Using cash reserves

Paul asks:
(updated on Sunday, June 21st 2015)

To diversify my investment portfolio I want an investment property. I have a mortgage free family home with a value of $450,000. I've found a house that costs $145,000 with a RV of $149,000, rates of $2,200 and an expected rental of $255 per week. It is a small three bedroom house on a large section with loads of room for development. I have some cash reserves to build a garage, put in a heat pump, etc. As I have never done this before, does the figures work to make this worthwhile? Should I use my cash reserves to lower the mortgage amount or to tidy up the property to make it more attractive for renting?

Our Experts Answer:

It is likely that you will be able to raise 80% finance through a revolving credit of around $360,000 on your mortgage free home, which in turn could become the 20% deposit for further purchases of up to $1,800,000 in properties. I would suggest that you approach your bank manager or a mortgage broker to assess your borrowing capacity. Subject to your income and expenses, the amount of borrowings will depend largely on your serviceability.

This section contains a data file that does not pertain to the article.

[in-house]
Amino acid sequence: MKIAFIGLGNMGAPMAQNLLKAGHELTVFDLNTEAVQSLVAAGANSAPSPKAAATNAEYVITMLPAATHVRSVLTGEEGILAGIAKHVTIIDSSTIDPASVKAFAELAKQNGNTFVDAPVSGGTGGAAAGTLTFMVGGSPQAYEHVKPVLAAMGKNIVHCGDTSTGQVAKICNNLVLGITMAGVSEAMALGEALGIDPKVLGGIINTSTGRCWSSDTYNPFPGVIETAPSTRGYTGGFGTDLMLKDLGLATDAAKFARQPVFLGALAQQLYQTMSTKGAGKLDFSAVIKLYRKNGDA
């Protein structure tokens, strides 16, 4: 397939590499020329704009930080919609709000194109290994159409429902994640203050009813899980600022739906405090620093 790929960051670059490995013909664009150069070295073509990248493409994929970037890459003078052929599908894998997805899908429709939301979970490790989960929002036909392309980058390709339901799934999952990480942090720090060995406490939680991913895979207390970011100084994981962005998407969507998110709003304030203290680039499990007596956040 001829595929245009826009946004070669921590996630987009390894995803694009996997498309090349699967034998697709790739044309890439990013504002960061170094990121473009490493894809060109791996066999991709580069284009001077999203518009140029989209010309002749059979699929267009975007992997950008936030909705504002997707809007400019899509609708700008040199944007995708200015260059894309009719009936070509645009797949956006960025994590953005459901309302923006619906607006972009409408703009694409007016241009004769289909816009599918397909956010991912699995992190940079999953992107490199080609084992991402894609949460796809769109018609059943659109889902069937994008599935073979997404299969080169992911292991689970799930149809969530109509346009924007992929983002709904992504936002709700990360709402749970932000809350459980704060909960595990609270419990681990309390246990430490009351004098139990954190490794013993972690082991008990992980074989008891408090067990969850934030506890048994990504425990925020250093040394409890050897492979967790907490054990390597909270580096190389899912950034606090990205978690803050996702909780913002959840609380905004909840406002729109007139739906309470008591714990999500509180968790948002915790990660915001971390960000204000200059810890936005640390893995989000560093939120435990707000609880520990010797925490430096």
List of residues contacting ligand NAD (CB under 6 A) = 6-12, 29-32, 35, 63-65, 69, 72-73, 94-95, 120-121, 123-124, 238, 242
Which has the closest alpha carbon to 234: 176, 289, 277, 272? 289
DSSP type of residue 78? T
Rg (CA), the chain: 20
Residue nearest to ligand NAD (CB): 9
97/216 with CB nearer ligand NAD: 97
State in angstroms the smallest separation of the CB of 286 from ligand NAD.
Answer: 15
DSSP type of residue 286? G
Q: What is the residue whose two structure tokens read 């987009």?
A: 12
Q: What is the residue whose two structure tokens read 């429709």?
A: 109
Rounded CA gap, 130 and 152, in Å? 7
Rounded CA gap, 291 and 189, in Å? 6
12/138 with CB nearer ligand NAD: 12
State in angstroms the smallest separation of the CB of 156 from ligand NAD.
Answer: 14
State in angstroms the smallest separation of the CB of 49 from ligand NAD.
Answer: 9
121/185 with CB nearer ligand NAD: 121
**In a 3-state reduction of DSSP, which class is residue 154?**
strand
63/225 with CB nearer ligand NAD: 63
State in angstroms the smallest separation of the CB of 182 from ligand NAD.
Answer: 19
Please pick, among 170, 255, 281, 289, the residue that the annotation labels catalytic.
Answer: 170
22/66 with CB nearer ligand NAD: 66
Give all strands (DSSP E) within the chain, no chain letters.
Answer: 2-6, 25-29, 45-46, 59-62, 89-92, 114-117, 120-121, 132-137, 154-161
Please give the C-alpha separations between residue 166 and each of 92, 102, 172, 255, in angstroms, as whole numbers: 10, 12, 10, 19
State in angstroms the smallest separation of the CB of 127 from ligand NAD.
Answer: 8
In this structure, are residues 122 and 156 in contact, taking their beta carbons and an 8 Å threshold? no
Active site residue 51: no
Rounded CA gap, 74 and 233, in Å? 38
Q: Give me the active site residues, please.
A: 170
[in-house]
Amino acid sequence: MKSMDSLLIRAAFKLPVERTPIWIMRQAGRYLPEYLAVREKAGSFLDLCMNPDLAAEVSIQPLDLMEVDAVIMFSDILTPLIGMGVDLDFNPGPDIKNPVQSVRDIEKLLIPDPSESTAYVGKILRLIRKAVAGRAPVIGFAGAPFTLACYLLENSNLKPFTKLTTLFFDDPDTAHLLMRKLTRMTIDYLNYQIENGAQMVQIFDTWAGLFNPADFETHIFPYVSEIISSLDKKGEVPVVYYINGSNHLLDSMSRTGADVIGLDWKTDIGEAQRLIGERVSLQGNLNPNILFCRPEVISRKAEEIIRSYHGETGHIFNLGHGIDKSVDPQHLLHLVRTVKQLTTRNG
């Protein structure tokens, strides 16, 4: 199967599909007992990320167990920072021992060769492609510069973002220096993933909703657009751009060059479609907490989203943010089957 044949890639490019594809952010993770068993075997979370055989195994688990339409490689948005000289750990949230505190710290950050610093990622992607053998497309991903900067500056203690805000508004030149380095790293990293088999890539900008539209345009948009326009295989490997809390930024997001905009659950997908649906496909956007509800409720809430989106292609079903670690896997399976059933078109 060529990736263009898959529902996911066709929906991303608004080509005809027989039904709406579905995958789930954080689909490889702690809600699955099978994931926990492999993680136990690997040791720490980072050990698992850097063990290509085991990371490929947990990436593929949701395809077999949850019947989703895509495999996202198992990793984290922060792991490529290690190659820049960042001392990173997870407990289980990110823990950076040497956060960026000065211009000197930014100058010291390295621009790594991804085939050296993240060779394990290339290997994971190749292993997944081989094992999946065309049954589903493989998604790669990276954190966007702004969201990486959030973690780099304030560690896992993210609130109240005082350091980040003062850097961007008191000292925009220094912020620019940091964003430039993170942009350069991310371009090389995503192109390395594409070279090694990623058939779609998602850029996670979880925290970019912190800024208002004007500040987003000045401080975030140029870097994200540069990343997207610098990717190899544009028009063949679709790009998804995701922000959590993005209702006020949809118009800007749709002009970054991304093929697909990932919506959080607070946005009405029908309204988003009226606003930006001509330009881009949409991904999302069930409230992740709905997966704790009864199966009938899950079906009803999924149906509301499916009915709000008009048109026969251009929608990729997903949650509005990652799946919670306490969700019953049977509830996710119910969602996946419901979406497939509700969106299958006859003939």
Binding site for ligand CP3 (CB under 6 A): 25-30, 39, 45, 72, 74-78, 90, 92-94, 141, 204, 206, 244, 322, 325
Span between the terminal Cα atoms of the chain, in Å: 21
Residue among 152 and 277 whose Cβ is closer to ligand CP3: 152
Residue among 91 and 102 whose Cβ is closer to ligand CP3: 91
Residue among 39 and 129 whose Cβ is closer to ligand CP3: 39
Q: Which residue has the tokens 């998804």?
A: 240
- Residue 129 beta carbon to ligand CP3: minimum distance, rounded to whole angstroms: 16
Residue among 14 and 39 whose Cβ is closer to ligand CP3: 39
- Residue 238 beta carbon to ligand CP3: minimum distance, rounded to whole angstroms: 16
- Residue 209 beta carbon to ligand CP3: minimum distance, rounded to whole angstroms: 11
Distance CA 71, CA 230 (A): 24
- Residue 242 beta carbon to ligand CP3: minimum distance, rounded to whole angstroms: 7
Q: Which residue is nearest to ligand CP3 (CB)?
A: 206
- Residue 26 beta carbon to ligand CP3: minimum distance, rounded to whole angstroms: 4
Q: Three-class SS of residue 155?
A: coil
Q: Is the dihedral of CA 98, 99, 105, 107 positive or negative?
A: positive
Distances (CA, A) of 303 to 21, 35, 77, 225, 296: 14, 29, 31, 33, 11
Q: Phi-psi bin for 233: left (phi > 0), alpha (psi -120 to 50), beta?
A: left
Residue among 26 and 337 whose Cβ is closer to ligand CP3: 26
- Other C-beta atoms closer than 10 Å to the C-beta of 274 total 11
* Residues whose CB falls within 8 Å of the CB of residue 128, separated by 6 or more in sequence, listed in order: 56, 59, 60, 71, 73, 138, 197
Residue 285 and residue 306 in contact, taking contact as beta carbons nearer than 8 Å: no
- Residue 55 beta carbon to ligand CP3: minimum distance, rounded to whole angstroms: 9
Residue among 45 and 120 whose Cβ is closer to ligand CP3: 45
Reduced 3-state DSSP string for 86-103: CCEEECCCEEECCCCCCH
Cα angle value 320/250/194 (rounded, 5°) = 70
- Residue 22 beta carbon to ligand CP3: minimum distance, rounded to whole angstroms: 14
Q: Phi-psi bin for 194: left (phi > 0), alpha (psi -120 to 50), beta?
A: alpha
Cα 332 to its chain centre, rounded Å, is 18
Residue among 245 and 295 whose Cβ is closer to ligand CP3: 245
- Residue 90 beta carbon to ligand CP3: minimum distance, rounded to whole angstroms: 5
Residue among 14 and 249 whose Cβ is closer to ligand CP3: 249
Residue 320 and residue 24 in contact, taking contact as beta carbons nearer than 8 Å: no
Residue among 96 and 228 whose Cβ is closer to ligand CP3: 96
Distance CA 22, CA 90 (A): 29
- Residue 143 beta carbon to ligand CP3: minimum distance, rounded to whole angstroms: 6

The next step is now to consider what type of properties? Cashflow or capital growth? How many? At what values you would like to buy and hold your investments? In this current boom market more money is made through capital growth than cashflow and I therefore suggest you could consider an investment property in the hot central Auckland market which still has a reasonable amount of growth left.

The property that you are considering at $145,000 which is only $4,000 (2.7%) below the RV doesn't sound to be much of an investment bargain, after all, money is best made when you buy!  So negotiate harder or walk away, there are a lot more other properties around! Although this place would be cashflow positive of around $50 per week net after paying Interest (@ 5.5%), rates and insurance (only if you receive 52 weeks rent per year). The amount reduced less after paying an accountant to do your returns, less taxes to be paid if it is profitable. If you are buying in a rural town or city then there is a possibility that the market value may drop below your purchase price of $145,000 (as has happened in places like Whangerei) negating any rental profit that you will make.

Avoid using your previous cash reserves for rental improvements like a garage or a heat pump, rather borrow from a revolving credit and let the rental property pay for the additions. Don't trade your "time for money", use borrowed money to make more money and to enjoy the profits.

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